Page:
What do we see when we read?
It’s a straightforward question, yet oddly it goes often ignored. I once worked in an office (it reminded me very much of The Office) with a Ph.D.-in-Literature dropout. At graduate school she’d grown disillusioned with academia and with her fellow students, in particular. One thing she found perplexing about them was they didn’t “see pictures” while reading. Literature was all about concepts, discourse, ideology—and of course, for academics, it must be—but what, she wanted to know, about images, the imagination at work, the experience of reading?
Peter Mendelsund’s genre-skirting book, What We See When We Read, responds to the question in its own specialized way. On the dust jacket's inside the editors at Vintage call the book a “fully illustrated phenomenology.” Highbrow words for a general audience, yet I can’t think of a better gloss. Mendelsund, who is a book–jacket designer, an associate art director at Alfred A. Knopf, and a classically trained pianist, explores what goes on visually in our minds when we read. His intent is to grasp what makes reading a “unique” experience. And by combining critical discussion with graphic design and autobiographical anecdotes, his book is itself unique.
Mendelsund is articulating much of what I already know about reading without knowing it, turning my unknown knowns into known knowns.
What We See When We Read comprises 19 sections: “Picturing ‘Picturing,’” “Fictions,” “Openings,” “Time,” “Vividness,” “Performance,” “Sketching,” “Skill,” “Co-Creation,” “Maps & Rules,” “Abstractions,” ‘Eyes, Ocular Vision, & Media,” “Memory & Fantasy,” “Synesthesia,” “Signifiers,” “Belief,” “Models,” “The Part & The Whole,” and “It Is Blurred.” Each section contains both illustrations and fragmented thoughts inscribed minimally, on blank white or black pages. The thoughts are so bare in both form they look naked. Actually, the cover of the book is adorned with an image of a keyhole—to read it is to peep into a private mind.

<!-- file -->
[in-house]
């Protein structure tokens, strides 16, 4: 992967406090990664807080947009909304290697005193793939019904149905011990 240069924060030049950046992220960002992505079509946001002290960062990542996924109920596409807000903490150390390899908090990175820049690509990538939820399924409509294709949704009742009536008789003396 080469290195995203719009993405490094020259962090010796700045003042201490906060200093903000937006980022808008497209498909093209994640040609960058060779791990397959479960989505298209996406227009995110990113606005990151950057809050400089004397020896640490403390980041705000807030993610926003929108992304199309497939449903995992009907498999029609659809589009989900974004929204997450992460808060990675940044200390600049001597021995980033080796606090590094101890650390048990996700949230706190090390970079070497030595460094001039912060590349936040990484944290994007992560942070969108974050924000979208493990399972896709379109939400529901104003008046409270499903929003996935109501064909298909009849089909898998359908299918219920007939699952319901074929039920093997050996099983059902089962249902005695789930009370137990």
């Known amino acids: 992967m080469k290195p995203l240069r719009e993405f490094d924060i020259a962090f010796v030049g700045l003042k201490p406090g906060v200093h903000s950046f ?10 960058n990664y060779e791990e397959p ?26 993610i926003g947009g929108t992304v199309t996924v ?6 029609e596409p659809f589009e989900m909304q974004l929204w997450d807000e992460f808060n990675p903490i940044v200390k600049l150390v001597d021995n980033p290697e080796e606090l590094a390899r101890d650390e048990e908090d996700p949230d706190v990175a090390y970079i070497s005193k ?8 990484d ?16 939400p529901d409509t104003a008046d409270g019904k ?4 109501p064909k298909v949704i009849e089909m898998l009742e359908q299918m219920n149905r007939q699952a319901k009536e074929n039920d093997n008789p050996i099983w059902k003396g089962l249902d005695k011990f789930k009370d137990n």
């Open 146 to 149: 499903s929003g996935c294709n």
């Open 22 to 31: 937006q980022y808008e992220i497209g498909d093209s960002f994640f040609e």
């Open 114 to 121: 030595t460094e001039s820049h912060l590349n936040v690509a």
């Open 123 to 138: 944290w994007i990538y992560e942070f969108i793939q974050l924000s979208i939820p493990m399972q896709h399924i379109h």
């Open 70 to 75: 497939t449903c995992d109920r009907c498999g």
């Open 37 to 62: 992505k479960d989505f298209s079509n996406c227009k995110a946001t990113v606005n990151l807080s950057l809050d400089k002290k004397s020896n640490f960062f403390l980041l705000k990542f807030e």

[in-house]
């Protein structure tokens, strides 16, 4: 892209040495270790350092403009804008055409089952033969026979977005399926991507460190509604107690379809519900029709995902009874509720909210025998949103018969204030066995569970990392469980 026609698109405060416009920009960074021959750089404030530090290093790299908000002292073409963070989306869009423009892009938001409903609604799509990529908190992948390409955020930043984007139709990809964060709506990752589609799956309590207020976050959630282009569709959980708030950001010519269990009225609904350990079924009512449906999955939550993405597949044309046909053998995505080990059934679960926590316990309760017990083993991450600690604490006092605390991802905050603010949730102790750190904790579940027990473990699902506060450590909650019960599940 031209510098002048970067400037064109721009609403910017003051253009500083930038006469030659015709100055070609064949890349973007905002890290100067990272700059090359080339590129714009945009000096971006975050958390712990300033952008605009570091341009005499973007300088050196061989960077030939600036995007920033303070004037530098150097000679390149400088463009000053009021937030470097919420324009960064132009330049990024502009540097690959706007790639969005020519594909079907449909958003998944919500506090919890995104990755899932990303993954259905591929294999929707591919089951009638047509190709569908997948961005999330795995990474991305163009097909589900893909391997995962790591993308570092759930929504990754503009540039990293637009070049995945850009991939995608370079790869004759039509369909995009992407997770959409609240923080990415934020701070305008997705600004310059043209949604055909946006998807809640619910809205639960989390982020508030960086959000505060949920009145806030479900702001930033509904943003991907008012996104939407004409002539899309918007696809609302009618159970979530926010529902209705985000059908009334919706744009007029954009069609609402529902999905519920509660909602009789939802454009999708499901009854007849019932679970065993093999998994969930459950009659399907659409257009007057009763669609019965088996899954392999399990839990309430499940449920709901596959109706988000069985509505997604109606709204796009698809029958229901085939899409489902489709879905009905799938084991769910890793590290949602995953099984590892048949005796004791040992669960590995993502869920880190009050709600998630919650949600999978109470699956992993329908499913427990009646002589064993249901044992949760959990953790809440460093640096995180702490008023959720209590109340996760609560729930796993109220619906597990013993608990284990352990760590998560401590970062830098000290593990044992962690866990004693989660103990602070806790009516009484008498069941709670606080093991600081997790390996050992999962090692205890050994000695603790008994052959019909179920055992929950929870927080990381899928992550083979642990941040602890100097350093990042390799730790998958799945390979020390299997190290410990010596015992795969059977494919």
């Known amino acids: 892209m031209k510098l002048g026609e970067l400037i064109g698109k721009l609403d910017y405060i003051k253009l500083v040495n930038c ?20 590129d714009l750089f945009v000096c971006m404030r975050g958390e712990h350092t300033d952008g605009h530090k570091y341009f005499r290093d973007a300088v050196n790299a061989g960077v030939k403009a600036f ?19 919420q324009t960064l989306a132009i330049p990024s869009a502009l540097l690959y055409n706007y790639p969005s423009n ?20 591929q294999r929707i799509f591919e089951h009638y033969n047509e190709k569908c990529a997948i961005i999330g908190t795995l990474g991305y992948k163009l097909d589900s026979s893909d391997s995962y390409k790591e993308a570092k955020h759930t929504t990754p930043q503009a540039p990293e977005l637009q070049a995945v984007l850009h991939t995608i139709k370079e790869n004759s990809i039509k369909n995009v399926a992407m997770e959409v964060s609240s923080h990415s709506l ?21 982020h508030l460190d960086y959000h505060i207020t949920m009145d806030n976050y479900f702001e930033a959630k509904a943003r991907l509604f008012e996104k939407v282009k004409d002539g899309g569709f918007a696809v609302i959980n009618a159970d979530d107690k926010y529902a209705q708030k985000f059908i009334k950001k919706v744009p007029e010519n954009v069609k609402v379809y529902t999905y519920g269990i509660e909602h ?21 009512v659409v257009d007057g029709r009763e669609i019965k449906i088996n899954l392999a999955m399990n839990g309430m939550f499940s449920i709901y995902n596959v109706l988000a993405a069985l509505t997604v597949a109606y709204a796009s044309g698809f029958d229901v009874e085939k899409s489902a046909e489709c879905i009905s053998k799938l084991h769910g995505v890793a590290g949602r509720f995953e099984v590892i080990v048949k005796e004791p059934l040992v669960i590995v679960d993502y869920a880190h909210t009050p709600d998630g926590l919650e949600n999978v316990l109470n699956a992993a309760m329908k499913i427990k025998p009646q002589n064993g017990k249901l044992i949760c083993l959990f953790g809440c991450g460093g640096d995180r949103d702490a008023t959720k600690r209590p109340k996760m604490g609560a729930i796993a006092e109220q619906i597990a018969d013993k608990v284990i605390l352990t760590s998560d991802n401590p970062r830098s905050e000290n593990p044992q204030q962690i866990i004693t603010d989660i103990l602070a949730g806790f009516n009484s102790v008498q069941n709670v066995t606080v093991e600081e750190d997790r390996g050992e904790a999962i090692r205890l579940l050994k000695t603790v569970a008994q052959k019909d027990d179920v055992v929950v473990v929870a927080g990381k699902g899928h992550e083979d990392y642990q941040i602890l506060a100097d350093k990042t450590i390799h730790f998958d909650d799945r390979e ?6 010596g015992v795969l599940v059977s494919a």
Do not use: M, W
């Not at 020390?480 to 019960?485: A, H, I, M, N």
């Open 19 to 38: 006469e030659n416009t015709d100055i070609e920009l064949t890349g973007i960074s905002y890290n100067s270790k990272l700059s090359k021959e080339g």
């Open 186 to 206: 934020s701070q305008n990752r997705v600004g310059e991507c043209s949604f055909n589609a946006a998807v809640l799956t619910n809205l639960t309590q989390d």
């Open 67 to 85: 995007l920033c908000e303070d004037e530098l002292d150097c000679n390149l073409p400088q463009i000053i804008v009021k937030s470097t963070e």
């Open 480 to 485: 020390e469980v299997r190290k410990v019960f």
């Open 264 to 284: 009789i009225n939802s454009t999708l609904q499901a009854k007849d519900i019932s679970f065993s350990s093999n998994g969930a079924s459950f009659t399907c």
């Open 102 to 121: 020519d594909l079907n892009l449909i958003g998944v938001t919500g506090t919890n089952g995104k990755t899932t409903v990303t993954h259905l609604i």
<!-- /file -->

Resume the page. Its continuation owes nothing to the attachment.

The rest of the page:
As if to welcome us in, Mendelsund writes inclusively. He’s fond of the short and the simple and he unabashedly uses the royal “we”:
When we read, we take in a whole eyeful of words. We gulp them like water.
We subscribe to the belief (we have faith) that when we read we are, passively, receiving visions…
The reading imagination reveals our own dispositions. The book has drawn them out of us.
You have a choice when reading the book. Accept Mendelsund’s anti-postmodern presumptuousness for any reason you can think of (it’s stylistically consistent, it’s humble, etc.) or shut it and read something else. Sticklers will no doubt find Mendelsund’s thoughts at times amateurish or outdated, particularly when he waxes philosophical. For the most part, though, Mendelsund’s equipped with a special set of skills for a literary thinker, and when he applies them directly to reading, the results delight and surprise. In one such passage, he likens reading to playing piano:
When we read, it is important that we believe we are seeing everything…When I play piano—as opposed to when I am listening to piano music—I don’t hear my mistake. My mind is too busy imagining an idealized performance to hear what is actually emanating from the instrument. In this sense, the performative aspects of playing the piano inhibit my ability to hear… Similarly, when we read, we imagine what we see.
While reading this and other similar passages I feel as though Mendelsund is articulating much of what I already know about reading without knowing it, turning my unknown knowns into known knowns.
When we read, time does not move linearly.
But back to the central questions. What, for Mendelsund, makes the experience of reading unique, and what do we picture in our minds when we read? As in negative theology, where one comes closer to defining god by defining what god is not, Mendelsund spends much time defining the experience of reading by defining what it’s not. Reading, he claims, is not entirely like watching a movie, though we do tend to remember it this way, as “a continuous unfolding of images.” Nor is reading like flipping through a comic book, dreaming, or listening to music, though it shares much in common with each. Reading is a “unique pleasure.”